I can just answer two of the other questions and then give the podium up. Had we bombed Syria, would Syria – I’m paraphrasing the question – but had we bombed Syria, how would Syria be different today? I can only imagine it would be far worse and hundreds of thousands of dead, on top of the 220,000 dead that we already know of. That’s my assumption. I don’t believe that bombing Syria was going to be the solution.

And that gets to a third question that I heard, the – raising the issue of safety zones, humanitarian corridors. This is something I’ve been – I’ve been trying to promote, the idea. Turkey, I believe, has instituted very small scale safety zones inside the Syrian border. I don’t know if they’re still in effect, but a couple years ago – about a year and a half ago, I think there’s – is that a yes that they’re still in effect? Good. Yes, they’re still in effect. These are – these are humanitarian corridors and safety zones. If the United States were to do this, again, it would require Russia’s participation.

So again, it all starts with – getting back to my first point, of the political solution that has to be moving – we have to plant the flag. We have to hold our talks, whether it’s Geneva or somewhere else. We’ve got to get this going.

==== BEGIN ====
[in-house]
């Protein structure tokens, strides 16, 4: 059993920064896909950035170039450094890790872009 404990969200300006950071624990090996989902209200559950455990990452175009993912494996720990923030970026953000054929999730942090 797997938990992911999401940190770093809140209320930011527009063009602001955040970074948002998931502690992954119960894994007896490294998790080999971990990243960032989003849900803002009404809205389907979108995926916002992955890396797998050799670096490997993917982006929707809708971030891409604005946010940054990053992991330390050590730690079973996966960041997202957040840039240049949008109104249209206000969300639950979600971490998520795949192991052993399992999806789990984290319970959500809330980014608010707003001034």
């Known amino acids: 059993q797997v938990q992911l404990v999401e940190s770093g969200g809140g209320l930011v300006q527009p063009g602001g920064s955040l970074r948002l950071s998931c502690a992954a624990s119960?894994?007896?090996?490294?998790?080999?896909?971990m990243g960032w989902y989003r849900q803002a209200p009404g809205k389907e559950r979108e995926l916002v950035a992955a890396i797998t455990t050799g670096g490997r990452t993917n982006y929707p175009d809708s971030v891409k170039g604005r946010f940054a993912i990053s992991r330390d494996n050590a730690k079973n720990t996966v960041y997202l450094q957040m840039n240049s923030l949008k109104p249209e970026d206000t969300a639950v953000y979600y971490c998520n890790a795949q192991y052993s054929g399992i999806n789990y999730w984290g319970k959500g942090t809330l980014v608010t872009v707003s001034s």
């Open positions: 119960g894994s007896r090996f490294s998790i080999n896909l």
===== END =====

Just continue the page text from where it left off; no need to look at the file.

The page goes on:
DR. MATTAIR: Any other panelists?

MS. ABUZAYD: Yeah. Let me add something – I don’t know – well, I think it’s working now.

DR. MATTAIR: Are these mics working yet?

MS. ABUZAYD: I think so. No?

(Off-mic conversation.)

MS. ABUZAYD: OK. When we were talking inclusive from the point of view of the commission, and I think other parts of the international community, we mean, yes of course, Russia. We also mean Iran, and it has to be part of this solution or they will still continue to do what they do with Hezbollah, the Iraqi Shia militia and so on. So unless the whole international community is united, we’re still not going to get anywhere.